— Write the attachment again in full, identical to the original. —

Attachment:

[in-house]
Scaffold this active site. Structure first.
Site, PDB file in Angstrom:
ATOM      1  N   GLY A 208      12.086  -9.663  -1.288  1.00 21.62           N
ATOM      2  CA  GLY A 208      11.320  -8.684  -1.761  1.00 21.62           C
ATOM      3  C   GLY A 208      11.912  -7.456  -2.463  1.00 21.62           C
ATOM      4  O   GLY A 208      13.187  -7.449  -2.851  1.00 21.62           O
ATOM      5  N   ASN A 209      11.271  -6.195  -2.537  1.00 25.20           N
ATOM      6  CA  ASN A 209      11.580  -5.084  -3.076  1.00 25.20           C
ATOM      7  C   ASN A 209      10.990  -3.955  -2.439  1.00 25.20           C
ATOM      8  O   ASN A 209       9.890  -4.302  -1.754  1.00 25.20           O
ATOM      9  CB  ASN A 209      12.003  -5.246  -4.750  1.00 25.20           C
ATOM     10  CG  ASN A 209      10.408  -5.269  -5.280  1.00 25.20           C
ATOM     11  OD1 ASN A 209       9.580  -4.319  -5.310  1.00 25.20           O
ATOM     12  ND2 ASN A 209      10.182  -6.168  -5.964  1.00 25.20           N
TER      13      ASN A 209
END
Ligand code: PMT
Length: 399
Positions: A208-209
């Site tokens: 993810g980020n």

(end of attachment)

[in-house]
Scaffold this active site. Structure first.
Site, PDB file in Angstrom:
ATOM      1  N   GLY A 208      12.086  -9.663  -1.288  1.00 21.62           N
ATOM      2  CA  GLY A 208      11.320  -8.684  -1.761  1.00 21.62           C
ATOM      3  C   GLY A 208      11.912  -7.456  -2.463  1.00 21.62           C
ATOM      4  O   GLY A 208      13.187  -7.449  -2.851  1.00 21.62           O
ATOM      5  N   ASN A 209      11.271  -6.195  -2.537  1.00 25.20           N
ATOM      6  CA  ASN A 209      11.580  -5.084  -3.076  1.00 25.20           C
ATOM      7  C   ASN A 209      10.990  -3.955  -2.439  1.00 25.20           C
ATOM      8  O   ASN A 209       9.890  -4.302  -1.754  1.00 25.20           O
ATOM      9  CB  ASN A 209      12.003  -5.246  -4.750  1.00 25.20           C
ATOM     10  CG  ASN A 209      10.408  -5.269  -5.280  1.00 25.20           C
ATOM     11  OD1 ASN A 209       9.580  -4.319  -5.310  1.00 25.20           O
ATOM     12  ND2 ASN A 209      10.182  -6.168  -5.964  1.00 25.20           N
TER      13      ASN A 209
END
Ligand code: PMT
Length: 399
Positions: A208-209
């Site tokens: 993810g980020n």